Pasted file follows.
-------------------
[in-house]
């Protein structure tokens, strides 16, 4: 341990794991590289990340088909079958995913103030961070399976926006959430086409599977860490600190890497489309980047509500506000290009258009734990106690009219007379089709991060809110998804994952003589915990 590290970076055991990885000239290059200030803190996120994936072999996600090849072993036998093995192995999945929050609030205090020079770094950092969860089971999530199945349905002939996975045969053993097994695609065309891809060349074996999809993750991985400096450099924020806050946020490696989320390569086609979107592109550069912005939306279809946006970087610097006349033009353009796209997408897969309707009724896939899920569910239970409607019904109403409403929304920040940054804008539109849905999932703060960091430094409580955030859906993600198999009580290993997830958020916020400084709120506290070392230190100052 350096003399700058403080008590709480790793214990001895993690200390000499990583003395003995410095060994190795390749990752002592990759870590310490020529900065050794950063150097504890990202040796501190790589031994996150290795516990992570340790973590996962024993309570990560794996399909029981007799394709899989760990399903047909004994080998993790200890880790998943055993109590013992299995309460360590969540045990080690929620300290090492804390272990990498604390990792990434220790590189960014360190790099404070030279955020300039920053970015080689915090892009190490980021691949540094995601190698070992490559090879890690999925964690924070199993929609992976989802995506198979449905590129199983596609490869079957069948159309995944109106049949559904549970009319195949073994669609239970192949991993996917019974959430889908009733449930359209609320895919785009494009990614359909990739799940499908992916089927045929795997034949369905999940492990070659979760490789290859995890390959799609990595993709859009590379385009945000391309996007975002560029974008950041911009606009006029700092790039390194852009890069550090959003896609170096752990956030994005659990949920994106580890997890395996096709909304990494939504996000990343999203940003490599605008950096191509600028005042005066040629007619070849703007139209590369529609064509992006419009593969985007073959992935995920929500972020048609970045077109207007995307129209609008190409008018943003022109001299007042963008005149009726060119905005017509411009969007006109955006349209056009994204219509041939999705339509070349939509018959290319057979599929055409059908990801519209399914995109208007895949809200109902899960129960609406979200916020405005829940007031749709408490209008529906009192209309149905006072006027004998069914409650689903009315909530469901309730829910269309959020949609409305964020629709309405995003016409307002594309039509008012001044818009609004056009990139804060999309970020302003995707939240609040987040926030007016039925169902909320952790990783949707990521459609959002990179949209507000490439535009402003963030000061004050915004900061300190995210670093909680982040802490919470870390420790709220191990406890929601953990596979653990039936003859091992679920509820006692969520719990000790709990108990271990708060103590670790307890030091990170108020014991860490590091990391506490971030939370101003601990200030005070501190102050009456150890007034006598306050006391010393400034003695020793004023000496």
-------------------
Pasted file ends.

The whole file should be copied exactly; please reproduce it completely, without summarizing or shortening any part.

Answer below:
[in-house]
């Protein structure tokens, strides 16, 4: 341990794991590289990340088909079958995913103030961070399976926006959430086409599977860490600190890497489309980047509500506000290009258009734990106690009219007379089709991060809110998804994952003589915990 590290970076055991990885000239290059200030803190996120994936072999996600090849072993036998093995192995999945929050609030205090020079770094950092969860089971999530199945349905002939996975045969053993097994695609065309891809060349074996999809993750991985400096450099924020806050946020490696989320390569086609979107592109550069912005939306279809946006970087610097006349033009353009796209997408897969309707009724896939899920569910239970409607019904109403409403929304920040940054804008539109849905999932703060960091430094409580955030859906993600198999009580290993997830958020916020400084709120506290070392230190100052 350096003399700058403080008590709480790793214990001895993690200390000499990583003395003995410095060994190795390749990752002592990759870590310490020529900065050794950063150097504890990202040796501190790589031994996150290795516990992570340790973590996962024993309570990560794996399909029981007799394709899989760990399903047909004994080998993790200890880790998943055993109590013992299995309460360590969540045990080690929620300290090492804390272990990498604390990792990434220790590189960014360190790099404070030279955020300039920053970015080689915090892009190490980021691949540094995601190698070992490559090879890690999925964690924070199993929609992976989802995506198979449905590129199983596609490869079957069948159309995944109106049949559904549970009319195949073994669609239970192949991993996917019974959430889908009733449930359209609320895919785009494009990614359909990739799940499908992916089927045929795997034949369905999940492990070659979760490789290859995890390959799609990595993709859009590379385009945000391309996007975002560029974008950041911009606009006029700092790039390194852009890069550090959003896609170096752990956030994005659990949920994106580890997890395996096709909304990494939504996000990343999203940003490599605008950096191509600028005042005066040629007619070849703007139209590369529609064509992006419009593969985007073959992935995920929500972020048609970045077109207007995307129209609008190409008018943003022109001299007042963008005149009726060119905005017509411009969007006109955006349209056009994204219509041939999705339509070349939509018959290319057979599929055409059908990801519209399914995109208007895949809200109902899960129960609406979200916020405005829940007031749709408490209008529906009192209309149905006072006027004998069914409650689903009315909530469901309730829910269309959020949609409305964020629709309405995003016409307002594309039509008012001044818009609004056009990139804060999309970020302003995707939240609040987040926030007016039925169902909320952790990783949707990521459609959002990179949209507000490439535009402003963030000061004050915004900061300190995210670093909680982040802490919470870390420790709220191990406890929601953990596979653990039936003859091992679920509820006692969520719990000790709990108990271990708060103590670790307890030091990170108020014991860490590091990391506490971030939370101003601990200030005070501190102050009456150890007034006598306050006391010393400034003695020793004023000496």